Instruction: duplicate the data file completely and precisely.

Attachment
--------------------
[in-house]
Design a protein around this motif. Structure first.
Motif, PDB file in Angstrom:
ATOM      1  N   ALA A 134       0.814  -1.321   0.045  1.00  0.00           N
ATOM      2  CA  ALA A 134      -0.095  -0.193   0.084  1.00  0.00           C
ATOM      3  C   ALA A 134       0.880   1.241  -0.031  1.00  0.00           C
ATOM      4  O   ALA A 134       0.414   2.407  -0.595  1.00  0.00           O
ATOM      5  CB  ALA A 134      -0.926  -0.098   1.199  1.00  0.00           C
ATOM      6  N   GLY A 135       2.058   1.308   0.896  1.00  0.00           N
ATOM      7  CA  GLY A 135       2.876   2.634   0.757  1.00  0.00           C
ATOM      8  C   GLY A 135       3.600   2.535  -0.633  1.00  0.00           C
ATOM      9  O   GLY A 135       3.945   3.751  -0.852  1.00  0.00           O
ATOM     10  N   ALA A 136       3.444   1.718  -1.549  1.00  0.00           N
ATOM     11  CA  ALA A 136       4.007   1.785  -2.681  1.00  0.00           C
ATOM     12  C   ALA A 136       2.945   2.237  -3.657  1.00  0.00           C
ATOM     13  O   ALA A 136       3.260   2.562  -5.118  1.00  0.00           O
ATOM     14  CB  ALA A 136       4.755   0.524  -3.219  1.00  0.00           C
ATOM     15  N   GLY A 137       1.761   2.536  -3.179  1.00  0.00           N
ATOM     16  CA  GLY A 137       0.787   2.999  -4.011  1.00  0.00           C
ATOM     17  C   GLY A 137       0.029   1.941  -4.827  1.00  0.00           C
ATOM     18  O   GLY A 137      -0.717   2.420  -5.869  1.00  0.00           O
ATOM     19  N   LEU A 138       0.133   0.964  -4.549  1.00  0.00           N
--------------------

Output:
[in-house]
Design a protein around this motif. Structure first.
Motif, PDB file in Angstrom:
ATOM      1  N   ALA A 134       0.814  -1.321   0.045  1.00  0.00           N
ATOM      2  CA  ALA A 134      -0.095  -0.193   0.084  1.00  0.00           C
ATOM      3  C   ALA A 134       0.880   1.241  -0.031  1.00  0.00           C
ATOM      4  O   ALA A 134       0.414   2.407  -0.595  1.00  0.00           O
ATOM      5  CB  ALA A 134      -0.926  -0.098   1.199  1.00  0.00           C
ATOM      6  N   GLY A 135       2.058   1.308   0.896  1.00  0.00           N
ATOM      7  CA  GLY A 135       2.876   2.634   0.757  1.00  0.00           C
ATOM      8  C   GLY A 135       3.600   2.535  -0.633  1.00  0.00           C
ATOM      9  O   GLY A 135       3.945   3.751  -0.852  1.00  0.00           O
ATOM     10  N   ALA A 136       3.444   1.718  -1.549  1.00  0.00           N
ATOM     11  CA  ALA A 136       4.007   1.785  -2.681  1.00  0.00           C
ATOM     12  C   ALA A 136       2.945   2.237  -3.657  1.00  0.00           C
ATOM     13  O   ALA A 136       3.260   2.562  -5.118  1.00  0.00           O
ATOM     14  CB  ALA A 136       4.755   0.524  -3.219  1.00  0.00           C
ATOM     15  N   GLY A 137       1.761   2.536  -3.179  1.00  0.00           N
ATOM     16  CA  GLY A 137       0.787   2.999  -4.011  1.00  0.00           C
ATOM     17  C   GLY A 137       0.029   1.941  -4.827  1.00  0.00           C
ATOM     18  O   GLY A 137      -0.717   2.420  -5.869  1.00  0.00           O
ATOM     19  N   LEU A 138       0.133   0.964  -4.549  1.00  0.00           N